The City pp 97-117 | Cite as

Market Forces and Property Relations

  • Brian Elliott
  • David McCrone


Social relations in contemporary society cannot be understood without examining property relations. The life chances of individuals, the broad patterns of economic and social inequality, the institutions, culture and ideology in present-day western societies, all reflect fundamental characteristics of the institution of private property and the differential distribution of productive resources.


Real Estate House Price Public Housing Institutional Investor Pension Fund 
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Notes and References

  1. 1.
    Some of the most acute observations on the institution of private property are found in the work of C. B. Macpherson. See his article ‘Capitalism and the Changing Concept of Property’, pp. 104–25, in E. Kamenka and R. S. Neale, Feudalism, Capitalism and Beyond (London: Edward Arnold, 1975).Google Scholar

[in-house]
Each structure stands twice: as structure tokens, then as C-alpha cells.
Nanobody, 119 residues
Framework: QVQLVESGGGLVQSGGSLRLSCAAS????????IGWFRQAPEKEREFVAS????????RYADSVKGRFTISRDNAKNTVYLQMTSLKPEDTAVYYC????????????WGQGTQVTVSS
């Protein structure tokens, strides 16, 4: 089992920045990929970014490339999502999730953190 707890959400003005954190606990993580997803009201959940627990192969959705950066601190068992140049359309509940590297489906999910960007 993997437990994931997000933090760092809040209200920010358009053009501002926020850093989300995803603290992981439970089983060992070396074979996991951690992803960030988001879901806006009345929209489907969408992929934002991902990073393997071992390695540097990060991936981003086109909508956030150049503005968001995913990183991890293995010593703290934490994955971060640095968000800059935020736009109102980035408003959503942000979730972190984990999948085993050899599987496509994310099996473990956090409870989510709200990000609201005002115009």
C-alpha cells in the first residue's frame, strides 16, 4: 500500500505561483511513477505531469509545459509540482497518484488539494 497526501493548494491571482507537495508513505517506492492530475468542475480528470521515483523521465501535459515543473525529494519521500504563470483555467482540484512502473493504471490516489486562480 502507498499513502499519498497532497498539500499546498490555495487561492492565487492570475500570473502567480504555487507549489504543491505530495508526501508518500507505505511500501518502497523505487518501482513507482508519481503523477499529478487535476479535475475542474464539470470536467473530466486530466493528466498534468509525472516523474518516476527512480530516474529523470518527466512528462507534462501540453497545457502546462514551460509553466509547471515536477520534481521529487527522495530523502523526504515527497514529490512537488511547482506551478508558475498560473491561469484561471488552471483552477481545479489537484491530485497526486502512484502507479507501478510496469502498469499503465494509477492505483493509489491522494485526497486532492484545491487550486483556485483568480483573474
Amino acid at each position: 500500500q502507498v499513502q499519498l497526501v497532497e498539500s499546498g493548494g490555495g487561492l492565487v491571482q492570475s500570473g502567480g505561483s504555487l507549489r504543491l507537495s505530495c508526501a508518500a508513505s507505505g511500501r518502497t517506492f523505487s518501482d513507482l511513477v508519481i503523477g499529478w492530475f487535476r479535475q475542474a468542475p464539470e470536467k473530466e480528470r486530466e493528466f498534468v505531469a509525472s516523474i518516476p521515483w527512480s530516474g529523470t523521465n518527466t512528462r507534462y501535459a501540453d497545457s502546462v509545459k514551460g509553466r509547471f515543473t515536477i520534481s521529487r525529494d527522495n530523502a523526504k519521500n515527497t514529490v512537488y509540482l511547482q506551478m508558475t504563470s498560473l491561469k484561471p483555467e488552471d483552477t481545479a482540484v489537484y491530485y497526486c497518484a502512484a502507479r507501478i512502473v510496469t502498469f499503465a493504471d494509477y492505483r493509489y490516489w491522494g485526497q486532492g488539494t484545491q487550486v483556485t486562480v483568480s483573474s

2. 2.
    M. Weber, Economy and Society (University of California Press, 1978) p. 928.Google Scholar
  3. 3.
    See, for instance, H. Richardson, J. Vipond and R. Furbey, Housing and Urban Spatial Structure (Farnborough: Saxon House, 1975).Google Scholar
  4. C. Peach (ed.), Urban Social Segregation (London: Longman, 1975).Google Scholar
  5. 4.
    J. Parry Lewis, Building Cycles and Britain’s Economic Growth (London: Macmillan, 1965).Google Scholar
  6. 5.
    Of the 200 landlords we interviewed as part of our project, 54 per cent had inherited some or all of the properties they owned.Google Scholar
  7. 6.
    This is the theme Thernstrom explores when looking at the pattern of owner-occupation among migrants to the USA in the nineteenth century. S. Thernstrom, Poverty and Progress: Social Mobility in a Nineteenth-Century City (Cambridge, Mass.: Harvard University Press, 1974).Google Scholar
  8. 7.
    T. H. Marshall, Sociology at the Crossroads (London: Heinemann, 1963) p. 239.Google Scholar
  9. 8.
    We have discussed the traditional powers of landlords in a forthcoming article, ‘The Social World of Petty Property’, in P. Hollowell (ed.), Property and Social Relations (London: Heinemann, 1982).Google Scholar
  10. M. Harloe (ed.), Proceedings of the Conference on Urban Change and Conflict (London: Centre for Environmental Studies, 1975).Google Scholar
  11. 9.
    Elliott and McCrone, ‘The Social World of Petty Property’.Google Scholar
  12. 10.
    See J. Rose, in Investors Chronicle, 21 December 1979.Google Scholar
  13. 11.
    J. Lorimer The Developers (Toronto: James Lorimer, 1978).Google Scholar